Whoa! I didn’t see that coming, but it felt absolutely perfect. As Cowpoke Clyde scrubbed and crooned in the tub, Dirty Dawg joined him with a tremendous splash!  At this point, I realized the story wasn’t about Clyde checking off a laundry list of chores.

It was about them. Cowpoke Clyde and Dirty Dawg.

Once Clyde stopped trying to finagle his dog into the tub, the duo discovered that taking a bath was something they both enjoyed. I avoided a didactic ending where Cowpoke Clyde showed Dawg who was boss and turned it into a satisfying friendship story that drew Cowpoke Clyde and Dirty Dawg together. 

In my original counting picture book story Mousequerade Ball, illustrated by Betsy Lewin (Bloomsbury, 2016) mice arrive at a ball in ascending numbers from one to 10.

At the climax, a cat shows up and scares them away in descending order back to one.

A fun idea, but after several rejections, I knew it needed a more satisfying ending. But what?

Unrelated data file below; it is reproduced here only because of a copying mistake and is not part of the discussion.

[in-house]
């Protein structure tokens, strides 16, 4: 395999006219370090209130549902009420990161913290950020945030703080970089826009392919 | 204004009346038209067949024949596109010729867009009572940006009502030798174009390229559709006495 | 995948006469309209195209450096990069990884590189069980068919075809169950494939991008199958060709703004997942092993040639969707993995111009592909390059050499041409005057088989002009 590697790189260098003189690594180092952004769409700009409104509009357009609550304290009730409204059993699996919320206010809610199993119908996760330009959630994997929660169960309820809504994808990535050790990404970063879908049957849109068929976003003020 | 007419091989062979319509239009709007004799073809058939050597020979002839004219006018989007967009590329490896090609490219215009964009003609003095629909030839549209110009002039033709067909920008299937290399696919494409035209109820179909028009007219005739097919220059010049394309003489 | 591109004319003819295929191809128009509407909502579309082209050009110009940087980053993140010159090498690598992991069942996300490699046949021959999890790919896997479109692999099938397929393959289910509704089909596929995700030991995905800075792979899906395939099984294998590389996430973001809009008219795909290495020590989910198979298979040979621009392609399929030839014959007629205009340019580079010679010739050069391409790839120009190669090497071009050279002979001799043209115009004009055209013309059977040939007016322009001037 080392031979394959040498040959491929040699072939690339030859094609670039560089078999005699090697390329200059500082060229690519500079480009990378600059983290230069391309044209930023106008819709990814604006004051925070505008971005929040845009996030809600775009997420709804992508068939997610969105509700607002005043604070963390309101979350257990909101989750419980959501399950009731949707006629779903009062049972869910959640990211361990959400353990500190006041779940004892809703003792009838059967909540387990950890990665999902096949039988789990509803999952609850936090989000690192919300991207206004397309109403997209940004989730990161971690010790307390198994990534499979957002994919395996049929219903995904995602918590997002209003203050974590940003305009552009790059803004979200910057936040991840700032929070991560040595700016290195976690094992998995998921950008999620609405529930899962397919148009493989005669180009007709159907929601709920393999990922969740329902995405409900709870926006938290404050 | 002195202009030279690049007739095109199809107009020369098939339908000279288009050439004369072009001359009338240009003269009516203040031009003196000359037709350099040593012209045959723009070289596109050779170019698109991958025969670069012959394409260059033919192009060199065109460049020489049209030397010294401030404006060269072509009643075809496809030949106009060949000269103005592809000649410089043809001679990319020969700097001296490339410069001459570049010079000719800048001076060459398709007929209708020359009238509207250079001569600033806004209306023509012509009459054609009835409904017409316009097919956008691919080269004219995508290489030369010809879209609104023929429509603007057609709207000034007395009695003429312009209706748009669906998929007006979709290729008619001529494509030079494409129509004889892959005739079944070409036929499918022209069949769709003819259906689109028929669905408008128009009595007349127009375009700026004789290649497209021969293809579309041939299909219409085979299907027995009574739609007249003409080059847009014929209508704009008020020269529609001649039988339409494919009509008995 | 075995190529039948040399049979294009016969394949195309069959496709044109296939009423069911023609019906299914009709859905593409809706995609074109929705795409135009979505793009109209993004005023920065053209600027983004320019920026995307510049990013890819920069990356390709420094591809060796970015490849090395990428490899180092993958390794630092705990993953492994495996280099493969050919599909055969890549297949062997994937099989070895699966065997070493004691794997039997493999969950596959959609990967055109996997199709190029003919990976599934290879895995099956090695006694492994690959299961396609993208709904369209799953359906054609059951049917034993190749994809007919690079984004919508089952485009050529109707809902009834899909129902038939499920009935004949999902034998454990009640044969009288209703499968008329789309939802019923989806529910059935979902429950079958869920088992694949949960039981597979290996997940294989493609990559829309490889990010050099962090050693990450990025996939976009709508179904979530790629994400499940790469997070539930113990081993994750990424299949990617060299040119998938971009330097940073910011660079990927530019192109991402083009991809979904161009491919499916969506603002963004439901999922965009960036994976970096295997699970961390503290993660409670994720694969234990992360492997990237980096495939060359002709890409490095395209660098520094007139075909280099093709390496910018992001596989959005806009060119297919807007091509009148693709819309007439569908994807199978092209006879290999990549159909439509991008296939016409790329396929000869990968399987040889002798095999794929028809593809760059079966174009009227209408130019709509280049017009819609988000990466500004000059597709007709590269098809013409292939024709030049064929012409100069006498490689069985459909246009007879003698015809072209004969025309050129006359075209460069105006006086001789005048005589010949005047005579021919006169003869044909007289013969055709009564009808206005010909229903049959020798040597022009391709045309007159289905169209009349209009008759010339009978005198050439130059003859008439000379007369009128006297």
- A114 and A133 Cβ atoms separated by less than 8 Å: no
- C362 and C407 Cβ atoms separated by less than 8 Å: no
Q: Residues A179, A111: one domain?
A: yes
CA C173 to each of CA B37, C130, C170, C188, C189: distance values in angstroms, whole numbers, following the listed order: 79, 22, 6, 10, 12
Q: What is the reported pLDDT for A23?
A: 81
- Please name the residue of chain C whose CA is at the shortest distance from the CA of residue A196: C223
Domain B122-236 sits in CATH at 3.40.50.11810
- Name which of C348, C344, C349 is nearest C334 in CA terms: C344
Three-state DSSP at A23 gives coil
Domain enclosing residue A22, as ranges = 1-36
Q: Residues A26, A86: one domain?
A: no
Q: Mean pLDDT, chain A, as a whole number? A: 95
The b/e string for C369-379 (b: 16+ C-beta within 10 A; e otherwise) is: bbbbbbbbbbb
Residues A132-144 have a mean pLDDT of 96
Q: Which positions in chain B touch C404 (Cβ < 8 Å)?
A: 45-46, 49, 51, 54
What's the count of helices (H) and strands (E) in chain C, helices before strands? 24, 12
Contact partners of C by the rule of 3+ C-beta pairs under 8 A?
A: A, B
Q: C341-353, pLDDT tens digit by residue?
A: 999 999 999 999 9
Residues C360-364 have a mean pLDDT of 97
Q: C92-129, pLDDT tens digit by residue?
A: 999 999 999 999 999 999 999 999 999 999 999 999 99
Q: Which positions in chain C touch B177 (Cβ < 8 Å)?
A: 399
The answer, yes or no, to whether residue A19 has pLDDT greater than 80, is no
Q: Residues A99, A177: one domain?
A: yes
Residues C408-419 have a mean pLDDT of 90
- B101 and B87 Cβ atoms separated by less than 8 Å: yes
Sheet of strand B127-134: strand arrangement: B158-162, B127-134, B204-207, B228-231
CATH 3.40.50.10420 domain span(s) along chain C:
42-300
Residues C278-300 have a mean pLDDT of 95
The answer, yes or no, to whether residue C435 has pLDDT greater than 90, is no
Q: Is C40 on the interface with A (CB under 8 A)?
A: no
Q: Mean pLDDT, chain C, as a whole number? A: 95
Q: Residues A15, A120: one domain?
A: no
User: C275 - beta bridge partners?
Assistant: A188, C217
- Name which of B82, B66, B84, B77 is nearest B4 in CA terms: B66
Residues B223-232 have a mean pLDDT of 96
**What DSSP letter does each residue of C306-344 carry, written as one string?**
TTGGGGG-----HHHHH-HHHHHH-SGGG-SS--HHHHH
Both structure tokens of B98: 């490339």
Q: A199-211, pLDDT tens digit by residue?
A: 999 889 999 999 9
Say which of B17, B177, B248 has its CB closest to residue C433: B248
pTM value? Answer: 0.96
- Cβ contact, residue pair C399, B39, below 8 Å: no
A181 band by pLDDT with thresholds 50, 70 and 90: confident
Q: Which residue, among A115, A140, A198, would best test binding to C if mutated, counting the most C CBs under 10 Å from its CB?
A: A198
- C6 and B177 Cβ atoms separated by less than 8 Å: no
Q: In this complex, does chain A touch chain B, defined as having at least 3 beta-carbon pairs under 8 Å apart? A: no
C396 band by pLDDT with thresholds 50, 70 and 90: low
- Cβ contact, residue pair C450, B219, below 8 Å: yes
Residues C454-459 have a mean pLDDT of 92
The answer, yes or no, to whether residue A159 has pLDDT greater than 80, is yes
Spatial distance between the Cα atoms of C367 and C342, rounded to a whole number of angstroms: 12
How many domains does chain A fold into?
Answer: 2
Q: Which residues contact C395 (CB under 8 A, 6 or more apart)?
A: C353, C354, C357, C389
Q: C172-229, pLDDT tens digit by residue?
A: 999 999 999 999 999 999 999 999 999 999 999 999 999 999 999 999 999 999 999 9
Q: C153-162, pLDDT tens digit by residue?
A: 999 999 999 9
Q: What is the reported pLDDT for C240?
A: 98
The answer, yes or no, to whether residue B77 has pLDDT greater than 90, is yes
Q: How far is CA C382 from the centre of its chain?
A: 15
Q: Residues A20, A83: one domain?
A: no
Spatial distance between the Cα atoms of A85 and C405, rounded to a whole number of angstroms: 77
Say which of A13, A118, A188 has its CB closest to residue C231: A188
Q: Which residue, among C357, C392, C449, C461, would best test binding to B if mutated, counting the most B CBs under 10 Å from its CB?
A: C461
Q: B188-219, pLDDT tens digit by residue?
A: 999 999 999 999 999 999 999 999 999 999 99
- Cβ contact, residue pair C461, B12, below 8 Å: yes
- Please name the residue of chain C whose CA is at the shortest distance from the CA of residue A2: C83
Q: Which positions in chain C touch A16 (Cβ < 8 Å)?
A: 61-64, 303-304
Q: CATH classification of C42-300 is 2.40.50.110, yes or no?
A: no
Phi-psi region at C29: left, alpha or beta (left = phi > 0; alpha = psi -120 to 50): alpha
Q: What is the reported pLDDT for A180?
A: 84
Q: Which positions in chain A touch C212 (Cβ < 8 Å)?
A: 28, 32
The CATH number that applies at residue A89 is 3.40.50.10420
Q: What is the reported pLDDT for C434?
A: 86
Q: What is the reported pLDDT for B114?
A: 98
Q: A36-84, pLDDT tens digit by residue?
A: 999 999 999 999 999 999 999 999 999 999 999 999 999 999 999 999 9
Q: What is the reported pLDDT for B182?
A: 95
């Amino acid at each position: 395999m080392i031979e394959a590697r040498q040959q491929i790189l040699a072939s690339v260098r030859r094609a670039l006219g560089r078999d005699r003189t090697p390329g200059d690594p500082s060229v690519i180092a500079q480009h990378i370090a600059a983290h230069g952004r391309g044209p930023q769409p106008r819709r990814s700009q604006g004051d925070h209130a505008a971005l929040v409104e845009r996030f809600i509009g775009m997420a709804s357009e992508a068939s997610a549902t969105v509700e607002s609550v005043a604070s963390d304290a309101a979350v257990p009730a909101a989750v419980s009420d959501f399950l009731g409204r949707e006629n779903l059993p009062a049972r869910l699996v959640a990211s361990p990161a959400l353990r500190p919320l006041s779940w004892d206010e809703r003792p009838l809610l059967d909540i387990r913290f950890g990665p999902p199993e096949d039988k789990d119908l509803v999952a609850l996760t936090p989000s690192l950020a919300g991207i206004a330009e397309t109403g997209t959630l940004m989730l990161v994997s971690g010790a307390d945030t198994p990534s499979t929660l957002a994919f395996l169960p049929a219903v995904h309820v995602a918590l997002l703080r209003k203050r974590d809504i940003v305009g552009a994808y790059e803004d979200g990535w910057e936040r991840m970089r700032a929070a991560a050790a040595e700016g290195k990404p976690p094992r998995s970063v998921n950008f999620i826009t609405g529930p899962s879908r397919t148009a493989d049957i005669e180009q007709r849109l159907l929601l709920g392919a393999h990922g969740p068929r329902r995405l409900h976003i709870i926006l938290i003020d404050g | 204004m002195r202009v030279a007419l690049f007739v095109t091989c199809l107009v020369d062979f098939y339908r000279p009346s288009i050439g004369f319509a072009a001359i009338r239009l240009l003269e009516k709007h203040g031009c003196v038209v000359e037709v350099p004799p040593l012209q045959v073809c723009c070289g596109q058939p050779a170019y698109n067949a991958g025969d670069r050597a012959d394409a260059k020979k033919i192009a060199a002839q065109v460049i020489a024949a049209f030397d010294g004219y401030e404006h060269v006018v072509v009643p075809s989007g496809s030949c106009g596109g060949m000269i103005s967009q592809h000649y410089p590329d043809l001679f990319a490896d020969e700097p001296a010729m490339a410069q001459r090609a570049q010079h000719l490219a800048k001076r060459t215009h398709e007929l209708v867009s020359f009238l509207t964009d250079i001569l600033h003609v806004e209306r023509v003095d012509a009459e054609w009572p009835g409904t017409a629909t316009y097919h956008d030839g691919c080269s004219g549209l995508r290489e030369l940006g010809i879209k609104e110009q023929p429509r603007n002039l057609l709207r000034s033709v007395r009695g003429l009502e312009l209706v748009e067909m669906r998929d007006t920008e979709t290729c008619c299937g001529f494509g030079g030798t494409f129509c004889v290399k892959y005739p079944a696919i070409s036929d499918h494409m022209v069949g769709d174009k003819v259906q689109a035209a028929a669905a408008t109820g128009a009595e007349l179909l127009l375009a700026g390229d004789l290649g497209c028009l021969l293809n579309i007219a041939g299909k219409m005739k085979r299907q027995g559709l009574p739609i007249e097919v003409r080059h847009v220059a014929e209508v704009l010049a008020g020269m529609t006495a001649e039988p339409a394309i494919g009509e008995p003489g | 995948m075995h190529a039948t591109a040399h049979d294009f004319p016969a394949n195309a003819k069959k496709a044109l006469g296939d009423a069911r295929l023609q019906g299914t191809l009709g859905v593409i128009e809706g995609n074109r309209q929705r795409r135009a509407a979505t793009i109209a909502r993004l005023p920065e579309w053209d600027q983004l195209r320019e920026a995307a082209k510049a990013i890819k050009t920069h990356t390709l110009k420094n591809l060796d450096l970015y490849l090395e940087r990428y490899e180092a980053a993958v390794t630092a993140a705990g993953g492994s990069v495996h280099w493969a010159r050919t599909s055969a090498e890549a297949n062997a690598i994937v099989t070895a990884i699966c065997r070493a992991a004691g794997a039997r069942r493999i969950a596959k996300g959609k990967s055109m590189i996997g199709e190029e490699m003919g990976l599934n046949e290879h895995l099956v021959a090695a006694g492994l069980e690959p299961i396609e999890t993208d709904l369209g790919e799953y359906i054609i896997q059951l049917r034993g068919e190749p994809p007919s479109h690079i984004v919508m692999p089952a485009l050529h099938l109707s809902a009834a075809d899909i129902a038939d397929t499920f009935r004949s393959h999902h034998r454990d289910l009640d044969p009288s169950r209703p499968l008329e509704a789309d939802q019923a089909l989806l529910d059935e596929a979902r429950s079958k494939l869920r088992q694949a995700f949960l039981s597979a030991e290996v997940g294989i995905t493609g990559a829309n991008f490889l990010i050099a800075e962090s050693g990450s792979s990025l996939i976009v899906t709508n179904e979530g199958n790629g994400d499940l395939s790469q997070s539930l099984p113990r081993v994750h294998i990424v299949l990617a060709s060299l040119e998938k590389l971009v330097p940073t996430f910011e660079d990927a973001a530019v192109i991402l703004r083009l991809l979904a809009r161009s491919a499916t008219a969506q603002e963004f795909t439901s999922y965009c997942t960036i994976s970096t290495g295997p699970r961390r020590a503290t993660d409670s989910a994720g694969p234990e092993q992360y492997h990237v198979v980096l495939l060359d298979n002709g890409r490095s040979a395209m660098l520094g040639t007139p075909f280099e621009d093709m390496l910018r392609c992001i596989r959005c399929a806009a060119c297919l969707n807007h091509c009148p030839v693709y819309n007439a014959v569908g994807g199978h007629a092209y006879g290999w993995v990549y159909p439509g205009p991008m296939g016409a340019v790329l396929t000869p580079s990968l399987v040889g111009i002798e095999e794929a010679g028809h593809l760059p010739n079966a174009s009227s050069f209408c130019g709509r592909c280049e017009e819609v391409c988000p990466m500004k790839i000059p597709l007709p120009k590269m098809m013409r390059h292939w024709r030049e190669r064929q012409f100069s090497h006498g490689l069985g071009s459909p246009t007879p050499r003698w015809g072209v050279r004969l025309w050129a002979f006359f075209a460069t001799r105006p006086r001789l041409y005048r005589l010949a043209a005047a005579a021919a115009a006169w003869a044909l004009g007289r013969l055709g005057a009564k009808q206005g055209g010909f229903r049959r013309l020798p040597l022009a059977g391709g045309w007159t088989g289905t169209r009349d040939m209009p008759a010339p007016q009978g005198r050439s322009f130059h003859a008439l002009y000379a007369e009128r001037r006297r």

I decided the solution rested with the cat.

Instead of arriving as a threat, the cat shows up only wanting to dance. This unexpected twist gave the story a new meaning and level of satisfaction.

It wasn’t simply a book that counted mice up and down. It became a story about friendship and inclusion.

On April 17, my picture book If Wendell Had a Walrus, illustrated by Matt Phelan (Henry Holt) will hit the bookshelves. In this story, a boy named Wendell wants a walrus.

The obvious ending? Wendell getting a walrus.

However, as I wrote along, a different ending came to mind. As soon as I wrote it, I knew it was perfect.

  • Unexpected. 
  • Inevitable.
  • Satisfying.

Would Wendell get a walrus?

What do you think?

Illustration by Matt Phelan, used with permission.

So once you’ve got that all-important story beginning under your belt, remember that endings are just as important as beginnings.

Don’t be satisfied with the first idea that comes to mind. Play around a little and come up with something unexpected.

You’ll not only have more fun writing it, readers will have more fun reading it. And when they finally come to the last tantalizing page, they’ll sit back and say …

Ahhhhh.


Cynsational Notes


Lori Mortensen is an award-winning children’s author of more than 70 books and over 350 stories and articles.